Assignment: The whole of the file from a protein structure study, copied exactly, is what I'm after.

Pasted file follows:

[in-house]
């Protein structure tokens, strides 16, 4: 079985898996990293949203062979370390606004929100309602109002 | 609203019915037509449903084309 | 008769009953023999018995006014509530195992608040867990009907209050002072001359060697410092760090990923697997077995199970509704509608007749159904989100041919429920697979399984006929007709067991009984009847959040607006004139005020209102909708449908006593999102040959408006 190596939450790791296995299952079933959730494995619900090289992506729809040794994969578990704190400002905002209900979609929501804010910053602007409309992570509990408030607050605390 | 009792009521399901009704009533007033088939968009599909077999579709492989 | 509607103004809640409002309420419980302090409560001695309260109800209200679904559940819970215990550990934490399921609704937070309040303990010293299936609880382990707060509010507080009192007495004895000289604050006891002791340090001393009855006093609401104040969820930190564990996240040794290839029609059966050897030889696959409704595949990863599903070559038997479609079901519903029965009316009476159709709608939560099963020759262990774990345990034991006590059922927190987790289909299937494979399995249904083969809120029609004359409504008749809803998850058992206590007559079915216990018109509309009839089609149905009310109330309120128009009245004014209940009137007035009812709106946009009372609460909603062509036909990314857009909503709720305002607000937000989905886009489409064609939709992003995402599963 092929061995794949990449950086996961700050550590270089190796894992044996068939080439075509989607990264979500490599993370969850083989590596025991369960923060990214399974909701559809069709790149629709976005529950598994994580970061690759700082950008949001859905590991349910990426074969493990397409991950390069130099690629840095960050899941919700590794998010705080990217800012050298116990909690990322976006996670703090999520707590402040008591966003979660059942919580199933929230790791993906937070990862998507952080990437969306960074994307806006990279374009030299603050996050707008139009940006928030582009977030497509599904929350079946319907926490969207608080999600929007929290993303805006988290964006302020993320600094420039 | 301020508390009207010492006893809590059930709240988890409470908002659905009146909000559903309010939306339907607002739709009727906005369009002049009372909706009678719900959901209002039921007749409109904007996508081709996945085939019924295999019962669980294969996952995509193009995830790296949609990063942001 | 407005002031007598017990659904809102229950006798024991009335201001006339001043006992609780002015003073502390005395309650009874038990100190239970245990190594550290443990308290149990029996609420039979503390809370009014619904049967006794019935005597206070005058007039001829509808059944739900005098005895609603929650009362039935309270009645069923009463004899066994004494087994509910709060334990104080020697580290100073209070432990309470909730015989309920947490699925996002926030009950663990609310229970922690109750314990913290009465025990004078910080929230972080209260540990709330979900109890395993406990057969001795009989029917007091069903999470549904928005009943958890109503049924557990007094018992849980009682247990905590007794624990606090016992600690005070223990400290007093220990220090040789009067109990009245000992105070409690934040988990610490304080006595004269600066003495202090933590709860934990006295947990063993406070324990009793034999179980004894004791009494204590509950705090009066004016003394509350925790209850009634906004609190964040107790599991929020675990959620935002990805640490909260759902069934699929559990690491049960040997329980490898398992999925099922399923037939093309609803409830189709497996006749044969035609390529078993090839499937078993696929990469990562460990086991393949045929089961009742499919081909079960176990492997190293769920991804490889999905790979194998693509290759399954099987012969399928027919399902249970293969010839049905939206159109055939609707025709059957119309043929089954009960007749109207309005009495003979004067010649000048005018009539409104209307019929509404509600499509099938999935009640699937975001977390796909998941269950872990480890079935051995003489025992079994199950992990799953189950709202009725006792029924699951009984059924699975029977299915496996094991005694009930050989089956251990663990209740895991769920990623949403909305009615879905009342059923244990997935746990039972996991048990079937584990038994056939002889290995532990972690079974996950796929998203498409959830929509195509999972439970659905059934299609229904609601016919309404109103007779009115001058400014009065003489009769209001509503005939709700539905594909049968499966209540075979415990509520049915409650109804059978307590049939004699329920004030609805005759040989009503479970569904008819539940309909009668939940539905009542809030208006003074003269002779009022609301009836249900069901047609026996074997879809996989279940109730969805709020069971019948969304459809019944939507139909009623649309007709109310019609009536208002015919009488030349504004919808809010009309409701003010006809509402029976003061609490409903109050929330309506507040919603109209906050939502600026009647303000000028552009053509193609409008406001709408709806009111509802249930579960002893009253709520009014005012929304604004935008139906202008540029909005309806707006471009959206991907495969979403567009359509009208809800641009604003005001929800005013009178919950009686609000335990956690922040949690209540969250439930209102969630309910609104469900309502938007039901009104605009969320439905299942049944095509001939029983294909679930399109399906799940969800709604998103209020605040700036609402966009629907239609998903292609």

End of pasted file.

[in-house]
């Protein structure tokens, strides 16, 4: 079985898996990293949203062979370390606004929100309602109002 | 609203019915037509449903084309 | 008769009953023999018995006014509530195992608040867990009907209050002072001359060697410092760090990923697997077995199970509704509608007749159904989100041919429920697979399984006929007709067991009984009847959040607006004139005020209102909708449908006593999102040959408006 190596939450790791296995299952079933959730494995619900090289992506729809040794994969578990704190400002905002209900979609929501804010910053602007409309992570509990408030607050605390 | 009792009521399901009704009533007033088939968009599909077999579709492989 | 509607103004809640409002309420419980302090409560001695309260109800209200679904559940819970215990550990934490399921609704937070309040303990010293299936609880382990707060509010507080009192007495004895000289604050006891002791340090001393009855006093609401104040969820930190564990996240040794290839029609059966050897030889696959409704595949990863599903070559038997479609079901519903029965009316009476159709709608939560099963020759262990774990345990034991006590059922927190987790289909299937494979399995249904083969809120029609004359409504008749809803998850058992206590007559079915216990018109509309009839089609149905009310109330309120128009009245004014209940009137007035009812709106946009009372609460909603062509036909990314857009909503709720305002607000937000989905886009489409064609939709992003995402599963 092929061995794949990449950086996961700050550590270089190796894992044996068939080439075509989607990264979500490599993370969850083989590596025991369960923060990214399974909701559809069709790149629709976005529950598994994580970061690759700082950008949001859905590991349910990426074969493990397409991950390069130099690629840095960050899941919700590794998010705080990217800012050298116990909690990322976006996670703090999520707590402040008591966003979660059942919580199933929230790791993906937070990862998507952080990437969306960074994307806006990279374009030299603050996050707008139009940006928030582009977030497509599904929350079946319907926490969207608080999600929007929290993303805006988290964006302020993320600094420039 | 301020508390009207010492006893809590059930709240988890409470908002659905009146909000559903309010939306339907607002739709009727906005369009002049009372909706009678719900959901209002039921007749409109904007996508081709996945085939019924295999019962669980294969996952995509193009995830790296949609990063942001 | 407005002031007598017990659904809102229950006798024991009335201001006339001043006992609780002015003073502390005395309650009874038990100190239970245990190594550290443990308290149990029996609420039979503390809370009014619904049967006794019935005597206070005058007039001829509808059944739900005098005895609603929650009362039935309270009645069923009463004899066994004494087994509910709060334990104080020697580290100073209070432990309470909730015989309920947490699925996002926030009950663990609310229970922690109750314990913290009465025990004078910080929230972080209260540990709330979900109890395993406990057969001795009989029917007091069903999470549904928005009943958890109503049924557990007094018992849980009682247990905590007794624990606090016992600690005070223990400290007093220990220090040789009067109990009245000992105070409690934040988990610490304080006595004269600066003495202090933590709860934990006295947990063993406070324990009793034999179980004894004791009494204590509950705090009066004016003394509350925790209850009634906004609190964040107790599991929020675990959620935002990805640490909260759902069934699929559990690491049960040997329980490898398992999925099922399923037939093309609803409830189709497996006749044969035609390529078993090839499937078993696929990469990562460990086991393949045929089961009742499919081909079960176990492997190293769920991804490889999905790979194998693509290759399954099987012969399928027919399902249970293969010839049905939206159109055939609707025709059957119309043929089954009960007749109207309005009495003979004067010649000048005018009539409104209307019929509404509600499509099938999935009640699937975001977390796909998941269950872990480890079935051995003489025992079994199950992990799953189950709202009725006792029924699951009984059924699975029977299915496996094991005694009930050989089956251990663990209740895991769920990623949403909305009615879905009342059923244990997935746990039972996991048990079937584990038994056939002889290995532990972690079974996950796929998203498409959830929509195509999972439970659905059934299609229904609601016919309404109103007779009115001058400014009065003489009769209001509503005939709700539905594909049968499966209540075979415990509520049915409650109804059978307590049939004699329920004030609805005759040989009503479970569904008819539940309909009668939940539905009542809030208006003074003269002779009022609301009836249900069901047609026996074997879809996989279940109730969805709020069971019948969304459809019944939507139909009623649309007709109310019609009536208002015919009488030349504004919808809010009309409701003010006809509402029976003061609490409903109050929330309506507040919603109209906050939502600026009647303000000028552009053509193609409008406001709408709806009111509802249930579960002893009253709520009014005012929304604004935008139906202008540029909005309806707006471009959206991907495969979403567009359509009208809800641009604003005001929800005013009178919950009686609000335990956690922040949690209540969250439930209102969630309910609104469900309502938007039901009104605009969320439905299942049944095509001939029983294909679930399109399906799940969800709604998103209020605040700036609402966009629907239609998903292609």